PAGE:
c) Section 20 recognises the autonomy of older children, especially subsection 11 which allows a child of 16 or older to consent to being accommodated over the objections of their parent(s);

d) Though an Emergency Protection Order can be made in respect of a 17-year old child such an Order cannot be renewed where a local authority is not, per section 45(4)(b) CA 1989, "entitled to apply for a care order with respect to a child";

e) The amendments to section 38 brought about by the CAFA 2014 had been made with the aim of reducing the administrative burden of renewing interim order and contained no express provision to extend the jurisdiction of the Family Court to make interim orders in relation to 17-year olds;

f) An interim order is not available as a free standing remedy (per Re S (Care Order: Implementation of Care Plan) [2002] UKHL 10, paras 89 - 90) and is linked strictly to the adjournment of an application for a care or supervision order, per section 38(1)(a) CA 1989, and the continuation of an interim order after a child's 17th birthday led nowhere given the Court would have no jurisdiction to make a final order

The Judge's conclusions

Critically, Knowles J recognised "that Parliament chose in passing the Act to demarcate seventeen or sixteen (if married) as the age after which a child could not be placed in the care or supervision of a local authority without a full disposal of the case having been achieved. That was a recognition of the growing autonomy of the individual child". As a consequence, Knowles J concluded that "no interim care or supervision order will endure beyond the date of a child's seventeenth birthday or the date of a child's marriage if aged sixteen. To be clear, interim care and supervision orders made for a period during which the child turns either seventeen or gets married (if aged sixteen) are impermissible. If, prior to the 2014 amendments, interim public law orders were being made which extended beyond the child's seventeenth birthday, they should not have been given (a) the absence of an explicit power to continue such orders beyond a child's seventeenth birthday and (b) the age thresholds set out in the Act."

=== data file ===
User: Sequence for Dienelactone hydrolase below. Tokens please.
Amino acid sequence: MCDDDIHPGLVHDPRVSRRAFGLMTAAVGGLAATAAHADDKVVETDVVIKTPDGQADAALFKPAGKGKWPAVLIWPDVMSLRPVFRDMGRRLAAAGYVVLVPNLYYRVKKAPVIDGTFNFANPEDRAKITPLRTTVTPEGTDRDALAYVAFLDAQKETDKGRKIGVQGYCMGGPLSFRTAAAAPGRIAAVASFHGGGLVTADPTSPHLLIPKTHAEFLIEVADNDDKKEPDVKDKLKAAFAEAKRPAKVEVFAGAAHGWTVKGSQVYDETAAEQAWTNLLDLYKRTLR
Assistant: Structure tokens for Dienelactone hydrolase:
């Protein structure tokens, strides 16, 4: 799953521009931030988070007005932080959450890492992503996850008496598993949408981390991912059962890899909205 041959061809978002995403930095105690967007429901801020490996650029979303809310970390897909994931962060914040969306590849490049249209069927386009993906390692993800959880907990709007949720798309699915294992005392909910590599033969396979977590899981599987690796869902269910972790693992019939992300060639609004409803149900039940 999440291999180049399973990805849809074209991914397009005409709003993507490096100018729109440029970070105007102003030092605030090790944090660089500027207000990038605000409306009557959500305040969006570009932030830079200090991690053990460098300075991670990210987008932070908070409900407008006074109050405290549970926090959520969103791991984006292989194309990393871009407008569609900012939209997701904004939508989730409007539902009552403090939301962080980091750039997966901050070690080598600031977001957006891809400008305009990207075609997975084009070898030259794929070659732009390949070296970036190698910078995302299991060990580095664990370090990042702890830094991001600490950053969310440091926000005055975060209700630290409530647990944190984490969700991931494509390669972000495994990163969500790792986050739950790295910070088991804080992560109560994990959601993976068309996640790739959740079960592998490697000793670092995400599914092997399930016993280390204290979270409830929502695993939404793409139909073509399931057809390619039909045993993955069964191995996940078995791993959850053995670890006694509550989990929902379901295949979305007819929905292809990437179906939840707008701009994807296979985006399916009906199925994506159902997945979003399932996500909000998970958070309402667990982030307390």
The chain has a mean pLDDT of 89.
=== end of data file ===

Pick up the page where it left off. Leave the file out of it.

The Judge's conclusions require careful consideration and the decision, unless overturned, will have a number of important practical consequences:

a) No interim care order or interim supervision order can persist after a child's 17th birthday (or 16th birthday if married);

b) If, even before the 2014 amendments, courts were extending interim orders, albeit for a short period, beyond a child's 17th birthday they should not have done so as no such power ever existed;

c) It does not necessarily follow that proceeding must always conclude upon a child turning 17 but "careful scrutiny of the circumstances of each case is required by the court in order to discern whether the proceedings themselves lack merit and whether it is proportionate and in the child's welfare interests for them to continue. Discontinuance of the proceedings is likely to be the proportionate, welfare-driven outcome in many such cases and, if that is so, the local authority should be permitted to withdraw its application"; and

d) In the event that a child aged 17 (or married aged 16 or over) is presently placed in the care of a local authority or under the supervision of a local authority under an interim order that order is, in fact, ultra vires and cannot stand – in those circumstances it is submitted that local authorities must look towards the CA 1989's voluntary provisions under sections 17 and 20 to provide accommodation and/or support by agreement.

In the case of Q the interim care order in place at the time of the hearing was set to cease to have effect on the date she turned 17 however the Judge was not persuaded that proceedings should be discontinued immediately and reserved that question to a future hearing.


7th March 2019